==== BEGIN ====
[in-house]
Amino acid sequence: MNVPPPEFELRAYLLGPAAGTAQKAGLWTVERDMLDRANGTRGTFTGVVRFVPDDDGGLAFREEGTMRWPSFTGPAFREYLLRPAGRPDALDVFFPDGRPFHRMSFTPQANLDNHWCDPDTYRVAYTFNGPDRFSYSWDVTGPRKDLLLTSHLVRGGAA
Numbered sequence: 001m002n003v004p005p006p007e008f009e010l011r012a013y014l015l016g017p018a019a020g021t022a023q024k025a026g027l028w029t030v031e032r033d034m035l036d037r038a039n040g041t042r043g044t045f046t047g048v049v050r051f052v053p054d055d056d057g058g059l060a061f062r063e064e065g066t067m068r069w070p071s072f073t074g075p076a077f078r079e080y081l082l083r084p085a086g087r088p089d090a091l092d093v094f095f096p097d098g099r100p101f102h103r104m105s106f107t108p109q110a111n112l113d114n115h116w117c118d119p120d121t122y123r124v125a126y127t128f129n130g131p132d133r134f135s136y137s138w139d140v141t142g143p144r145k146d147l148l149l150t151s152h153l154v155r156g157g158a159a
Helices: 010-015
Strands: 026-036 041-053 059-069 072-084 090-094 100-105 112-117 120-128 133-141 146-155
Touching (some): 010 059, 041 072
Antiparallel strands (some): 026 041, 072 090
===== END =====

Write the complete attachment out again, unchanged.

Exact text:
[in-house]
Amino acid sequence: MNVPPPEFELRAYLLGPAAGTAQKAGLWTVERDMLDRANGTRGTFTGVVRFVPDDDGGLAFREEGTMRWPSFTGPAFREYLLRPAGRPDALDVFFPDGRPFHRMSFTPQANLDNHWCDPDTYRVAYTFNGPDRFSYSWDVTGPRKDLLLTSHLVRGGAA
Numbered sequence: 001m002n003v004p005p006p007e008f009e010l011r012a013y014l015l016g017p018a019a020g021t022a023q024k025a026g027l028w029t030v031e032r033d034m035l036d037r038a039n040g041t042r043g044t045f046t047g048v049v050r051f052v053p054d055d056d057g058g059l060a061f062r063e064e065g066t067m068r069w070p071s072f073t074g075p076a077f078r079e080y081l082l083r084p085a086g087r088p089d090a091l092d093v094f095f096p097d098g099r100p101f102h103r104m105s106f107t108p109q110a111n112l113d114n115h116w117c118d119p120d121t122y123r124v125a126y127t128f129n130g131p132d133r134f135s136y137s138w139d140v141t142g143p144r145k146d147l148l149l150t151s152h153l154v155r156g157g158a159a
Helices: 010-015
Strands: 026-036 041-053 059-069 072-084 090-094 100-105 112-117 120-128 133-141 146-155
Touching (some): 010 059, 041 072
Antiparallel strands (some): 026 041, 072 090